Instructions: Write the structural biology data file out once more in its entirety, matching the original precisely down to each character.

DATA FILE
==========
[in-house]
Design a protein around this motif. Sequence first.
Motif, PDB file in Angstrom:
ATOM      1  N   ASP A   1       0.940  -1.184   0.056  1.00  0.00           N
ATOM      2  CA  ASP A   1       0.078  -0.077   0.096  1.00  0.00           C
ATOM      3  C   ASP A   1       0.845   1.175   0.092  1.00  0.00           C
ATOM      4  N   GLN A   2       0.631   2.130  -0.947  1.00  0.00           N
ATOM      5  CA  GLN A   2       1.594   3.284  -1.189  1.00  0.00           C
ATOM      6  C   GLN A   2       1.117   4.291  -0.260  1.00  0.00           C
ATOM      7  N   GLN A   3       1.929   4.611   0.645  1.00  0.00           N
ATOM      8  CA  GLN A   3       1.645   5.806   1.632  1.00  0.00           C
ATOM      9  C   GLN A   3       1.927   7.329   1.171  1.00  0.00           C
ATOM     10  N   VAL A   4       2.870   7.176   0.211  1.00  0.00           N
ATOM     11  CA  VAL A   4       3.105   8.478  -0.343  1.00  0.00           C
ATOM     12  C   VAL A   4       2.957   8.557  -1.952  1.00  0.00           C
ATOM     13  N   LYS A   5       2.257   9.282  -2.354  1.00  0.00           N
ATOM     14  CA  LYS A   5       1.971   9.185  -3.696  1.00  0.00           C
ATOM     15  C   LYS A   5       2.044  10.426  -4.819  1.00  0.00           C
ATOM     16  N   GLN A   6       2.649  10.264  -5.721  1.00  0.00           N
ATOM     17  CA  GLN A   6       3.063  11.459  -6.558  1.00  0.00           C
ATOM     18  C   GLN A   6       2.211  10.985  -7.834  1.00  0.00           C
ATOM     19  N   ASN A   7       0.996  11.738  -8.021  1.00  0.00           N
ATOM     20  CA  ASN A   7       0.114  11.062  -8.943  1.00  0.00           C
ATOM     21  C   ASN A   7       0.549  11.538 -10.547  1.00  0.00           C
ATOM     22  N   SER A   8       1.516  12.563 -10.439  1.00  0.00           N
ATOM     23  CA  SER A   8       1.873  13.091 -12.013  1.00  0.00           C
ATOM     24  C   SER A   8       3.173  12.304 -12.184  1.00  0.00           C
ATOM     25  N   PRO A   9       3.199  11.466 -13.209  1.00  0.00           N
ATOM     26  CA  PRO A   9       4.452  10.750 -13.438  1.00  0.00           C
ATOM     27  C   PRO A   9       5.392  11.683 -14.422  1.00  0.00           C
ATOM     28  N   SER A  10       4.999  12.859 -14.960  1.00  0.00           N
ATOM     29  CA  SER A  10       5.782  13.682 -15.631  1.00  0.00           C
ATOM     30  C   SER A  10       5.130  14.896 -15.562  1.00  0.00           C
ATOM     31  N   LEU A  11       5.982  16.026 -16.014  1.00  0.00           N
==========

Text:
[in-house]
Design a protein around this motif. Sequence first.
Motif, PDB file in Angstrom:
ATOM      1  N   ASP A   1       0.940  -1.184   0.056  1.00  0.00           N
ATOM      2  CA  ASP A   1       0.078  -0.077   0.096  1.00  0.00           C
ATOM      3  C   ASP A   1       0.845   1.175   0.092  1.00  0.00           C
ATOM      4  N   GLN A   2       0.631   2.130  -0.947  1.00  0.00           N
ATOM      5  CA  GLN A   2       1.594   3.284  -1.189  1.00  0.00           C
ATOM      6  C   GLN A   2       1.117   4.291  -0.260  1.00  0.00           C
ATOM      7  N   GLN A   3       1.929   4.611   0.645  1.00  0.00           N
ATOM      8  CA  GLN A   3       1.645   5.806   1.632  1.00  0.00           C
ATOM      9  C   GLN A   3       1.927   7.329   1.171  1.00  0.00           C
ATOM     10  N   VAL A   4       2.870   7.176   0.211  1.00  0.00           N
ATOM     11  CA  VAL A   4       3.105   8.478  -0.343  1.00  0.00           C
ATOM     12  C   VAL A   4       2.957   8.557  -1.952  1.00  0.00           C
ATOM     13  N   LYS A   5       2.257   9.282  -2.354  1.00  0.00           N
ATOM     14  CA  LYS A   5       1.971   9.185  -3.696  1.00  0.00           C
ATOM     15  C   LYS A   5       2.044  10.426  -4.819  1.00  0.00           C
ATOM     16  N   GLN A   6       2.649  10.264  -5.721  1.00  0.00           N
ATOM     17  CA  GLN A   6       3.063  11.459  -6.558  1.00  0.00           C
ATOM     18  C   GLN A   6       2.211  10.985  -7.834  1.00  0.00           C
ATOM     19  N   ASN A   7       0.996  11.738  -8.021  1.00  0.00           N
ATOM     20  CA  ASN A   7       0.114  11.062  -8.943  1.00  0.00           C
ATOM     21  C   ASN A   7       0.549  11.538 -10.547  1.00  0.00           C
ATOM     22  N   SER A   8       1.516  12.563 -10.439  1.00  0.00           N
ATOM     23  CA  SER A   8       1.873  13.091 -12.013  1.00  0.00           C
ATOM     24  C   SER A   8       3.173  12.304 -12.184  1.00  0.00           C
ATOM     25  N   PRO A   9       3.199  11.466 -13.209  1.00  0.00           N
ATOM     26  CA  PRO A   9       4.452  10.750 -13.438  1.00  0.00           C
ATOM     27  C   PRO A   9       5.392  11.683 -14.422  1.00  0.00           C
ATOM     28  N   SER A  10       4.999  12.859 -14.960  1.00  0.00           N
ATOM     29  CA  SER A  10       5.782  13.682 -15.631  1.00  0.00           C
ATOM     30  C   SER A  10       5.130  14.896 -15.562  1.00  0.00           C
ATOM     31  N   LEU A  11       5.982  16.026 -16.014  1.00  0.00           N